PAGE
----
emma_in_dream: (vintage)
Would anyone care to borrow my book of Louisa May Alcott's blood and thunder novellas? I will be discussing them at the end of the month.
emma_in_dream: (lotr)
Would anyone in Perth like a copy of Louisa May Alcott's *Rose in Bloom*? I have acquired two copies.
emma_in_dream: (Default)
I have been thinking about representations of female friendship. Here are a few thoughts... I’d be interested in recommendations from others.

Jane Austen’s *Sense and Sensibility* (1811) may not pass the Bechdel test* - most of the dialogue is about love and relationships and, you know, men - but it certainly is about female friendship. The love of Eleanor for Marianne is the centre of the novel. And the relationship between Lizzie and Jane in *Pride and Prejudice* (1813) is pretty cool too.

I guess I am reminded of Louisa May Alcott’s *Little Women* (1868) - Jo loves her sisters so much. There’s a line in there where she talks about wanting to marry Meg herself, to keep her in the family, which I guess is a bit creepy but in the context of the book just seems sweet. (And, indeed, the only one who does marry to get into the family is Laurie who is desperate to find a March girl who will take him in.)

*Little Women* would certainly romp home the Bechdel test as it’s essentially an all-female community which is interested in growing up and improving themselves. Ditto *Anne of Green Gables* (1908) which has the ‘kindred spirits’ of Anne and Diana.

Terry Pratchett’s *Witches* books take the Bechdel standard and toss it contemptuously aside as something far exceded. Each character is completely different and each one is completely kick ass. I particularly like the way they hand the roles of maiden, mother and hag around as they move through their lives.

Marilyn French’s *The Women’s Room* (1977) is basically all about women’s relationships, friendships. Like the blurb says, this book will change your life.

And, for another out of left field suggestion, John Marsden’s *Tomorrow When the War Began* series. Ellie Linton’s friendships with Corrie, Robyn and Fi are incredibly well drawn. She relies on them, idealises them, knows them so well, lives with them and fights by them.

So, what genres am I looking at? Not entirely sure actually. Obviously there’s tons of female-centred fiction in the genre of, say, school stories like the Chalet schools. Apparently there’s a lot of female friendships in classic girl’s stories like *Little Women* or *Anne of Green Gables* or, just thought of it, Frances Hodgson Burnett’s *A Little Princess*.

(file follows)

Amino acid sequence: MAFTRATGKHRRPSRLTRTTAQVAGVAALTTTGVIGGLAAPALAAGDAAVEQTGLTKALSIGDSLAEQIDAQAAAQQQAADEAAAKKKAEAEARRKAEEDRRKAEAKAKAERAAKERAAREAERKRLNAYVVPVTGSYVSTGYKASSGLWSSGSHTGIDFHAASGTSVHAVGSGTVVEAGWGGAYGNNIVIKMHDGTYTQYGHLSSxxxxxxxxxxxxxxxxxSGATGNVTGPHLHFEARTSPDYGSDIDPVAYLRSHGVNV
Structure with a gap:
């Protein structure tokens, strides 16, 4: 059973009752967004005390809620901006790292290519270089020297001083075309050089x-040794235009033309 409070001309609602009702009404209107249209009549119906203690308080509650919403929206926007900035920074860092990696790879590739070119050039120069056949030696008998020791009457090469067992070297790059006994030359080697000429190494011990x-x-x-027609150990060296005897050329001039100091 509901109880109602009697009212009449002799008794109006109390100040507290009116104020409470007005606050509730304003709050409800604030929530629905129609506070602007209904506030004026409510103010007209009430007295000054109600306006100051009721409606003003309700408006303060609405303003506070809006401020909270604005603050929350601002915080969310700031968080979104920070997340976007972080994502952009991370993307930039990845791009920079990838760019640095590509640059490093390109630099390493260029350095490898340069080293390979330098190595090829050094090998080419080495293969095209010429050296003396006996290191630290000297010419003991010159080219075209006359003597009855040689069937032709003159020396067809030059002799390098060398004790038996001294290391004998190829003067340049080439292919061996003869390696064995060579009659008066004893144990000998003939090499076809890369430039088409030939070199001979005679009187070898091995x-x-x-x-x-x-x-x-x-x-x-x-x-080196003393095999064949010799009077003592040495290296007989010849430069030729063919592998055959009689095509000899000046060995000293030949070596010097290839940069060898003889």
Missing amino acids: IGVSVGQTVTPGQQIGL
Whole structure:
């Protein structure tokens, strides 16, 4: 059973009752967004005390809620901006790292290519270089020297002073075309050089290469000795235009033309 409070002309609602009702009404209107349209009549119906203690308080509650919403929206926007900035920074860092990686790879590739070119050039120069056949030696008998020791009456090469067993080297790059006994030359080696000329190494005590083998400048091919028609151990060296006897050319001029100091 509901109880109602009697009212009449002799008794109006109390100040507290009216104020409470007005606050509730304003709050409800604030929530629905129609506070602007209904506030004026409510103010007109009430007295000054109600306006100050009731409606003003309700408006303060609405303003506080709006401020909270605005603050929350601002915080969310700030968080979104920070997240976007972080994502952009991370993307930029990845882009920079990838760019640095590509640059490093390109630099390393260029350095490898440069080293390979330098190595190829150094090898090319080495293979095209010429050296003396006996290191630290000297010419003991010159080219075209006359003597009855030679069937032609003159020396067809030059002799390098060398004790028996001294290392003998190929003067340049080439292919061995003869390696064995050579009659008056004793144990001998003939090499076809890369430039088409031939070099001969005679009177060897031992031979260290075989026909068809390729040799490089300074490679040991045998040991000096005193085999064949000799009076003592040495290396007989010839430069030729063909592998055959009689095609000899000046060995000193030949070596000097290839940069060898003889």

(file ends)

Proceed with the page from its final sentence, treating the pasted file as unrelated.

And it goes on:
And when I get into contemporary writing, I’m all over the place. My examples don’t come from one genre. Perhaps that’s because there isn’t one genre of contemporary writing centred around female friendships?




* The Bechdel test - It has to have at least two women in it, who talk to each other, about something other than a man.
emma_in_dream: (bobby)
*Little Women* - fab! Famous from first publication onwards. I’m only going to talk about one aspect of it.

On one hand, it’s a feminist Ur-text. It is all about women, doing womanly things which are valued, which are at the centre of the novel.

On the other hand, the Little Women are only free of male authority because Alcott shuffled Mr March off to the war. He comes back at the end, bringing back the patriarchy. I find the conversation that Marmee has with Jo about how Mr March has trained her not to lose her temper very disturbing. Talk about looming male authority.

So, in a way, the freedom the girls have is an illusion. It exists only for a brief spring before they grow up. (The title of the sequel is Good Wives).

Which leads me to another issue. I really resent that Jo ends up with Professor Bhaer. (And I’m not the only one. See: http://community.livejournal.com/ship_manifesto/237830.html#cutid1)

Alcott wrote in the end of a later work that she would marry her characters as she knew people would like as she had received so much flak for not doing it in another book. And, OK, fangirls don’t get to make the ending; the author gets to make the ending. (Cough, Torchwood).

But if Jo cannot marry Laurie, why, why, why must she marry Bhaer? She and Laurie fight all the time - and this is because they are equals. Equals! Compare this with Jo’s deferential relationship with Bhaer who does nothing but squash her. He tells her not to write, not to be creative, which means that she can’t earn her own living.

The more I think abotu Bhaer - the older man, a Transcendentalist philosopher, unsuccessful, poor - the more I think he is modelled on Alcott’s own father, which just makes it wrong, wronger, wrongest.

So, on one hand, yay for *Little Women* as a feminist text. And on the other, darn the forces of patriarchy.
emma_in_dream: (Bronte)
On 24 April we discuss *Little Women*.